The Dark Side of Managerial Success

When people in leadership positions focus more on getting promoted than on getting things done, they may possess characteristics of the “dark triad.”   In being successful only for themselves, earning promotions by networking and engaging in office politics, they may have little regard for the health of the organization they work for, or for the people who work for them.

Narcissists, Machiavellians, and psychopaths make up the dark triad, and Daniel Goleman devotes a chapter to those personality traits in his book Social Intelligence (Bantam Books, 2006). He also talks about healthy narcissism as having “confidence appropriate to [her] level of talent—an essential ingredient for success.” As far as Machiavellians and psychopaths having a “healthy” side…not so much! Their biggest lack seems to be one of empathy.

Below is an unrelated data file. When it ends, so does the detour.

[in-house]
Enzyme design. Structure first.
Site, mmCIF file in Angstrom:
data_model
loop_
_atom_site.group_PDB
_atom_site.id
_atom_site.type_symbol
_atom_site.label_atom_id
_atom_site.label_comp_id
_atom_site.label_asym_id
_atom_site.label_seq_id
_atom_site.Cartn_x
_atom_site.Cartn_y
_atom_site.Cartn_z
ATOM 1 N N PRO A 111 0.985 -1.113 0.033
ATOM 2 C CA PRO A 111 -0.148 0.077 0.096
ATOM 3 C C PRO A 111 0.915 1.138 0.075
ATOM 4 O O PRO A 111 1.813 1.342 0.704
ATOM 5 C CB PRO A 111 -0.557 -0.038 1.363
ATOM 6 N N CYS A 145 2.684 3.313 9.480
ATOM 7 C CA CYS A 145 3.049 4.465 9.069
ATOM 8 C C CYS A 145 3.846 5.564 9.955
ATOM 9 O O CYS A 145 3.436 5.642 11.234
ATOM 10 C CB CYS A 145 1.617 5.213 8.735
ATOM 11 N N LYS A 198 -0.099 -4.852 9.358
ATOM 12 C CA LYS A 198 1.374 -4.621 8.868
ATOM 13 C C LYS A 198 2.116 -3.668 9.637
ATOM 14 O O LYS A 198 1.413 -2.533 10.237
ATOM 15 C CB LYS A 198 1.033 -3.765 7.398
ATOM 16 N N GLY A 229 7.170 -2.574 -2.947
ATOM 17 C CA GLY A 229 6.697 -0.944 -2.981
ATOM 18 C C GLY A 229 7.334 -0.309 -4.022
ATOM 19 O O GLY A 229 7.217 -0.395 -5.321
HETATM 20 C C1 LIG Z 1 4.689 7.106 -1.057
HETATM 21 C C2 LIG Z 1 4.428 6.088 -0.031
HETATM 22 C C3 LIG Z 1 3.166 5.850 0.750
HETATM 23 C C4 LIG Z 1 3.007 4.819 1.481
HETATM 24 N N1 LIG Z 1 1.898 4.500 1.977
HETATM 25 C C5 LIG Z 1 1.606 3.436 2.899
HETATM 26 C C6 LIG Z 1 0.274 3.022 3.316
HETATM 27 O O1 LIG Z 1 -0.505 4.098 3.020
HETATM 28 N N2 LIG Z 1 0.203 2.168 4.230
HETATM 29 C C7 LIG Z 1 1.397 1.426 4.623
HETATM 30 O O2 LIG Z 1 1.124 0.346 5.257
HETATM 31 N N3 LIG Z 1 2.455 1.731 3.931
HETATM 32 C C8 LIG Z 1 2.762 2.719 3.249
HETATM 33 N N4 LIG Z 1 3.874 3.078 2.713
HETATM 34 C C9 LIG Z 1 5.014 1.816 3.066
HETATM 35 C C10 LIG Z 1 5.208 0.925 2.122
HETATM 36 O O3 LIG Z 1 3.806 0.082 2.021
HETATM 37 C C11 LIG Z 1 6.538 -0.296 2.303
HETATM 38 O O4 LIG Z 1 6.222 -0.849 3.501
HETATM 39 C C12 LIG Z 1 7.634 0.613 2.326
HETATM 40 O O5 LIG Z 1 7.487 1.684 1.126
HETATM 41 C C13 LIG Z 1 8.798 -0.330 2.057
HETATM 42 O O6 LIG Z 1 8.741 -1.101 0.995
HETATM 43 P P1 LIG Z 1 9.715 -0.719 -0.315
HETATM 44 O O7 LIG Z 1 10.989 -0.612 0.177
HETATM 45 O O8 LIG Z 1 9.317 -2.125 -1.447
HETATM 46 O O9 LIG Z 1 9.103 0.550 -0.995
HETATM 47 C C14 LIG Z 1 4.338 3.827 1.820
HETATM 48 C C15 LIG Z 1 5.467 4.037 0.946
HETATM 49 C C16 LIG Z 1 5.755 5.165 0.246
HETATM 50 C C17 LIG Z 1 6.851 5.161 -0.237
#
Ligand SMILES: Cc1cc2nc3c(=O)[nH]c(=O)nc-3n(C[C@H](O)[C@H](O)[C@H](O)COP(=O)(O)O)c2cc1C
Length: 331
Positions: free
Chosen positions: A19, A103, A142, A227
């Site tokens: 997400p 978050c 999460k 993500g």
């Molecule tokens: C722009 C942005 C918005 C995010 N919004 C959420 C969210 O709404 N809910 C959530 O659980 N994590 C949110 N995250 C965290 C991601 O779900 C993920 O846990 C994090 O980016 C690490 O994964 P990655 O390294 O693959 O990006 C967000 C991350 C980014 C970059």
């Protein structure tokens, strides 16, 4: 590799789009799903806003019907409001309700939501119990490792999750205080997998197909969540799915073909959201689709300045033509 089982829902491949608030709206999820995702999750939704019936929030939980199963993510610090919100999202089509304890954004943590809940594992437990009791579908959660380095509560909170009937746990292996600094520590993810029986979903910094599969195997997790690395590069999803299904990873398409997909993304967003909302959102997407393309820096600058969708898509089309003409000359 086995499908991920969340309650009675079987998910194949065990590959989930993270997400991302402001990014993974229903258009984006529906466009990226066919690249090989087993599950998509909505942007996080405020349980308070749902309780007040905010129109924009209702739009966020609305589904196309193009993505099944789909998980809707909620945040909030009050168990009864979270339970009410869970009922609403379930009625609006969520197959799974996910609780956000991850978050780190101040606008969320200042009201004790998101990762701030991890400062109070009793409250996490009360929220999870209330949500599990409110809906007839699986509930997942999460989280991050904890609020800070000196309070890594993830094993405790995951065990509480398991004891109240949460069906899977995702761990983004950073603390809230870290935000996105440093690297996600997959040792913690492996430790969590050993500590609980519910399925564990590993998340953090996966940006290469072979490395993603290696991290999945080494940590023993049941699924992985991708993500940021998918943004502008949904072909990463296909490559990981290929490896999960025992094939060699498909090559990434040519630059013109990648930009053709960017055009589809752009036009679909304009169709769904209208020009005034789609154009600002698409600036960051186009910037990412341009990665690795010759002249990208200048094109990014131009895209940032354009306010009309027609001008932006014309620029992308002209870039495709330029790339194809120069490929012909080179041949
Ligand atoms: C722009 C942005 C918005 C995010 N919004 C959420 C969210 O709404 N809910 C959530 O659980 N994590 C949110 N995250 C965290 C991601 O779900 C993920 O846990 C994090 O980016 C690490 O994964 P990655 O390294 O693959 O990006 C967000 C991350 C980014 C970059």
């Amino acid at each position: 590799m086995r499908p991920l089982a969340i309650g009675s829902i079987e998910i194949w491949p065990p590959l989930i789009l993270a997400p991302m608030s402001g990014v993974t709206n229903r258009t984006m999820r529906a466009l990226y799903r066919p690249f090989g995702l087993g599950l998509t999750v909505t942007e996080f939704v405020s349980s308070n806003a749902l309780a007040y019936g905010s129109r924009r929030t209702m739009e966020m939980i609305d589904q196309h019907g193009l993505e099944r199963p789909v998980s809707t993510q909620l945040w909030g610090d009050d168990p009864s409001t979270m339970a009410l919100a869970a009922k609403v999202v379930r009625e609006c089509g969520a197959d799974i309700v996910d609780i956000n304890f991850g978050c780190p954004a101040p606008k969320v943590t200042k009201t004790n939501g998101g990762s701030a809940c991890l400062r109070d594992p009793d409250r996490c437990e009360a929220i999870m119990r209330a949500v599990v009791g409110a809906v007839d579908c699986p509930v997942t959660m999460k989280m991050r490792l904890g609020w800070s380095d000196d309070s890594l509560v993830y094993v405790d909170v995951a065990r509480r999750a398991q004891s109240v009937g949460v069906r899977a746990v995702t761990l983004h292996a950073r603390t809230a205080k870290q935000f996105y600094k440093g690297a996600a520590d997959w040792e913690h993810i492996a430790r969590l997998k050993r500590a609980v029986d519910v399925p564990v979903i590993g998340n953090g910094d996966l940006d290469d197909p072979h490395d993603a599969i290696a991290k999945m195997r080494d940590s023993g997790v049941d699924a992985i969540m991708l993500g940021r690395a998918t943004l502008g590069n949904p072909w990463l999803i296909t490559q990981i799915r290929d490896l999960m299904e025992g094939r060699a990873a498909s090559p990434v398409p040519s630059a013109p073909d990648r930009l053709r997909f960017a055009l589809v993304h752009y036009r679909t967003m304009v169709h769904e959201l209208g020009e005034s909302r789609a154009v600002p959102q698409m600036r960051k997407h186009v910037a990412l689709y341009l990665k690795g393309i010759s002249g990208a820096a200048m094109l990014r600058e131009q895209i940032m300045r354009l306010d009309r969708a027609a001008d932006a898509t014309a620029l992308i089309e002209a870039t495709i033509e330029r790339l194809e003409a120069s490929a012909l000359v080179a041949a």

What does it take to be effective AND successful? It has a lot to do with emotional intelligence competencies.

More than the threshold competencies of IQ and job skills, to be both effective and successful also requires distinguishing competencies, in both self-management and relationship management. On the “self” side these are emotional self-awareness, emotional self-control, adaptability, achievement orientation, and a positive outlook. And on the relationship side we find influence, coaching and mentoring, inspirational leadership, conflict management, teamwork, empathy and organizational awareness.

A healthy narcissist can manage these traits and characteristics effectively without going over to the dark side, but without empathy, the Machiavellian and psychopath cannot.

So what do you think? Which of the distinguishing characteristics would you assign to your favorite supervisor and how were they manifested? And how about a supervisor you weren’t as fond of? Which characteristics were/are missing? And what did/does that look like in your workplace? Even more important, what is the impact on your day-to-day happiness and satisfaction @ work?

If you supervise others, which of the distinguishing characteristics would you like to work on for yourself?